What are the best practices for a community to be prepared and protected?
It is officially spring break season in Florida, and people from across the country are packing their bags for the sunshine state. While they prepare for their trips, Florida residents are getting ready for the tourism influx. That means extra guests, wanted and sometimes unwanted, visiting communities. Still, spring break season does not have to be a time for stress. Instead, communities and residents can implement simple security methods to keep homes and amenities safe.
To start, one of the easiest ways to help deter crime or trespassers at a community, is to advertise the security already in place. Are video surveillance systems used at the community entrance, pool, or other amenities? Have visible signs at these locations to let new visitors or trespassers know that the area is monitored. Does your individual home have an alarm system? Make sure a sign is noticeable on your property for potential criminals to see.
Homeowners and community officials should also check to see that outdoor lighting is functioning properly around the property. Community amenity areas should be well lit at night for onlookers to easily see if suspicious activity is occurring. Homeowners can do the same for their yards, allowing neighbors to notice anything out of the ordinary. If you are planning a spring break trip for yourself, have some indoor lights set on a timer, as well.
Communities can also deter trespassers by using access control security throughout the community. Access control utilizes unique credentials that allow a community to determine who is allowed into an area and when. The database can also be managed by a security company to easily disable individual credentials when necessary, as well as pull reports to see who entered an amenity and at what time. Additionally, access control is an initial deterrent for unwelcome visitors at community facilities.
If access control does not stop trespassers from entering a closed area, amenity areas can be monitored from afar with specialized video surveillance services. Sometimes called active video surveillance, this system uses video analytics to proactively monitor a designated area. This advanced technology can differentiate between the motion of rain or branches, and a physical person entering a closed area. When a person has entered a closed area monitored by active video surveillance, a signal can be sent to a remote security guard. Voice down capabilities allow the virtual guard to speak with the trespasser. If a trespasser refuses to leave, the guard can notify local law enforcement of the verified alarm.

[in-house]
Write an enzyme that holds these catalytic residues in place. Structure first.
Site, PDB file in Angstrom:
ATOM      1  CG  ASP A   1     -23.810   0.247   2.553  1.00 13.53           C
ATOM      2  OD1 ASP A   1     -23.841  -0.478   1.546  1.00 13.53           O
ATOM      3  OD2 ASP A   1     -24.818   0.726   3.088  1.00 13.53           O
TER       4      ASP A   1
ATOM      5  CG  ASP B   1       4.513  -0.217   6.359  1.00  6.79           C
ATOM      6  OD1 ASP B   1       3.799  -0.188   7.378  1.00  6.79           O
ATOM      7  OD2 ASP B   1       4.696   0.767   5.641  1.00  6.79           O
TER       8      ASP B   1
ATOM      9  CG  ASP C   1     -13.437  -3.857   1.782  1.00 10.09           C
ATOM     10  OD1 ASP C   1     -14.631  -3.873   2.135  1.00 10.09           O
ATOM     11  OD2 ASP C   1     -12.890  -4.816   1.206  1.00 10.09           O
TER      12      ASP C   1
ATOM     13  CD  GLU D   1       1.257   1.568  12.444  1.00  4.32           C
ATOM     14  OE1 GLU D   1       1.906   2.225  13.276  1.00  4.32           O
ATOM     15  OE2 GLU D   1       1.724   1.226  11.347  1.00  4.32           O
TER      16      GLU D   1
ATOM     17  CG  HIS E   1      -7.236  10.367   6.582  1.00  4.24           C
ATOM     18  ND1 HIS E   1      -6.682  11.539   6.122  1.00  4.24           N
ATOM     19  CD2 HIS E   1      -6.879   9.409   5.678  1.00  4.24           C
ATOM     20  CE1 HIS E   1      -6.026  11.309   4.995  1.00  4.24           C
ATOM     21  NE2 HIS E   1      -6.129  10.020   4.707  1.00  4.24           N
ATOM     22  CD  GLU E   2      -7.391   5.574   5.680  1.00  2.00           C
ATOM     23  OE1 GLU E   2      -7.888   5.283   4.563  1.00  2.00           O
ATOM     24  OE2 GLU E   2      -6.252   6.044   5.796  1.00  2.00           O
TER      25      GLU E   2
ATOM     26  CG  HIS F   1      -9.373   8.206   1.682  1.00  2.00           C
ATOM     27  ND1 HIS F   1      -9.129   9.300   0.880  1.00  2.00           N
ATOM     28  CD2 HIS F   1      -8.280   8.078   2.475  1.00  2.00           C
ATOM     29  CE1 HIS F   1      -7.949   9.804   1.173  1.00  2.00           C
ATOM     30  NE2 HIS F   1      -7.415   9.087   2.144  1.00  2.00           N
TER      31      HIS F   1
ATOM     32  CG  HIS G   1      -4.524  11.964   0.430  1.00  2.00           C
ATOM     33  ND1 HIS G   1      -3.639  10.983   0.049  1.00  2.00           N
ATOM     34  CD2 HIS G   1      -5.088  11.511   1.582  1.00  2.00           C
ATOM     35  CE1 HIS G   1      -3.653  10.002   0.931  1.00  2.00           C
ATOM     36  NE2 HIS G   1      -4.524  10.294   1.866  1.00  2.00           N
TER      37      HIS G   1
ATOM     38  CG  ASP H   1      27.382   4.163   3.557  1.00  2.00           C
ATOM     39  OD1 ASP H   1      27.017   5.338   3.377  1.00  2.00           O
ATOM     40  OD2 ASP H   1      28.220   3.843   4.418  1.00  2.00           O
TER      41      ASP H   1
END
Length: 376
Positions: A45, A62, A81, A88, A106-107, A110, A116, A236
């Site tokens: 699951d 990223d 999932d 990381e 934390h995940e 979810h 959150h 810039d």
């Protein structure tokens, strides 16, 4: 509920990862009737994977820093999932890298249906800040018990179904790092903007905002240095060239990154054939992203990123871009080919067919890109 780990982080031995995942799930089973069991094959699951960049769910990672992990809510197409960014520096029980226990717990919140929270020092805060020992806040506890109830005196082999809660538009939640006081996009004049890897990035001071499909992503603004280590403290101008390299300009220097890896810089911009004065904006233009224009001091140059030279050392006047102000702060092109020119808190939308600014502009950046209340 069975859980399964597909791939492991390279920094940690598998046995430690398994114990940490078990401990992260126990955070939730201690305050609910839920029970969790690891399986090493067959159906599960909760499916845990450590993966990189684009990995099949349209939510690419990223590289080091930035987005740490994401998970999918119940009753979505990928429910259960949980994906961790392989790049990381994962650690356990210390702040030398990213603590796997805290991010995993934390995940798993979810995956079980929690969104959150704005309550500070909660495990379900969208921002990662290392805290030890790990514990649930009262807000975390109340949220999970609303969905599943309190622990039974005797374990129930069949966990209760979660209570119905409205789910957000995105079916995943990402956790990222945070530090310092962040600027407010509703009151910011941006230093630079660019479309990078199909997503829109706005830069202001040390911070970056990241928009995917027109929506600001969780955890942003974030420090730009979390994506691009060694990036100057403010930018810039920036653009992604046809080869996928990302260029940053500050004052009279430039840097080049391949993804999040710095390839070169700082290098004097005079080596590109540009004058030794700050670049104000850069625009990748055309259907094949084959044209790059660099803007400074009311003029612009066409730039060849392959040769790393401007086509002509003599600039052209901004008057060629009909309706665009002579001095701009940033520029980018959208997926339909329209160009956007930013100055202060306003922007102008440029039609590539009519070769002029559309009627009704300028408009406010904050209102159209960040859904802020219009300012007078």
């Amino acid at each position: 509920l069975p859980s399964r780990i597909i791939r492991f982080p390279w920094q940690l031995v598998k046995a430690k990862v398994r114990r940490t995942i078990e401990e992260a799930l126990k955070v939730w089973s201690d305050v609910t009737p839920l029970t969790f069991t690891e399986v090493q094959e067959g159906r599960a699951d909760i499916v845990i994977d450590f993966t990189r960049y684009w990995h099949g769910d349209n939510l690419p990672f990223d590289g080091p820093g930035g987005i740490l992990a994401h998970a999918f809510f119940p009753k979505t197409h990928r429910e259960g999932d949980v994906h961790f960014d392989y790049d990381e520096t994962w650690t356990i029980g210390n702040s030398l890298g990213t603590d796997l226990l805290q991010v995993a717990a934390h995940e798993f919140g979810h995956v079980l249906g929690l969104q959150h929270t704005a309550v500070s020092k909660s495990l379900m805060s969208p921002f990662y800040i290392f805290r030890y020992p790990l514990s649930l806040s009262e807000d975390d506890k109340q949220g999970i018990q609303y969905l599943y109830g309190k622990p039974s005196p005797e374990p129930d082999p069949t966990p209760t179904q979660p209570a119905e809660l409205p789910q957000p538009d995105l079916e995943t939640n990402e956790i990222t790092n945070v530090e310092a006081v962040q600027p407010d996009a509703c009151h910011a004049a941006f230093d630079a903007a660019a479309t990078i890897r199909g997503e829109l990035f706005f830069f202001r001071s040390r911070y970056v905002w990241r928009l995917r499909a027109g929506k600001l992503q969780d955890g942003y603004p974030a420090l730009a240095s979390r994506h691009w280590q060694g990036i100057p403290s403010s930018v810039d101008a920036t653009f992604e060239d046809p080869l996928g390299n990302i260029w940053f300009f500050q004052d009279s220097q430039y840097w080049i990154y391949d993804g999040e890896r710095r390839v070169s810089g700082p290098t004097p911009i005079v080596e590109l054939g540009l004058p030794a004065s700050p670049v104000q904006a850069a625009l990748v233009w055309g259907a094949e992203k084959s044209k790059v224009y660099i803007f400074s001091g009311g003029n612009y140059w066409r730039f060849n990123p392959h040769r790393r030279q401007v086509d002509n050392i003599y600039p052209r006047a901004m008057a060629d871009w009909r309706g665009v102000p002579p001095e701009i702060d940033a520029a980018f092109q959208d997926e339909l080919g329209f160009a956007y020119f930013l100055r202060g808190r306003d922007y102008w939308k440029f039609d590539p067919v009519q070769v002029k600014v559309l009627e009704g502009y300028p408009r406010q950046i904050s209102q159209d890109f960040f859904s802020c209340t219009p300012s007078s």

When and if active video surveillance cannot be installed at amenities, passive video surveillance is the other type of camera system that can be used for deterring crime and accessing evidence when incidents occur. Before spring breakers arrive, check to make sure that every camera is working properly and viewing the correct area. Some security service providers will “ping” the cameras regularly to make sure they are recording properly, as well as routinely check each camera’s field of vision to confirm that the cameras have not moved and nothing is obstructing the lenses.
Passive video surveillance systems can also be used at community entrance areas. If a community is gated, these cameras can capture overall video of events occurring at the entrance. Specialized cameras can also capture the license plate tag of each vehicle attempting to enter through the gate. If gate damage occurs, service providers can assist in pulling the video of the incident and vehicle owner information to help recoup damage costs. Non-gated communities can still use passive video surveillance at entrance points to capture the same information in case of an incident within the community.
During this season, verification of visitors at a gated community entrance is critical to a neighborhood’s safety. When possible, it is beneficial to allow residents to manage their own list of approved guests. This can be done through a secure web portal that is typically provided by a community security specialist. With a web portal, homeowners have access to update their guest lists as often as needed and view visitor history reports. An accurate list of approved and denied guests, decreases the risk of unwanted visitors entering the community.
When implemented and used correctly, these security practices can help a community through the spring break season and beyond. Preparation and simple security checks of these methods and more can enhance a security plan to ensure that is works when a community needs it most. It is also beneficial to speak with your security provider about additional techniques or specific concerns for any time of the year.
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You can read this article in it’s original source – FLCAJ – March 2018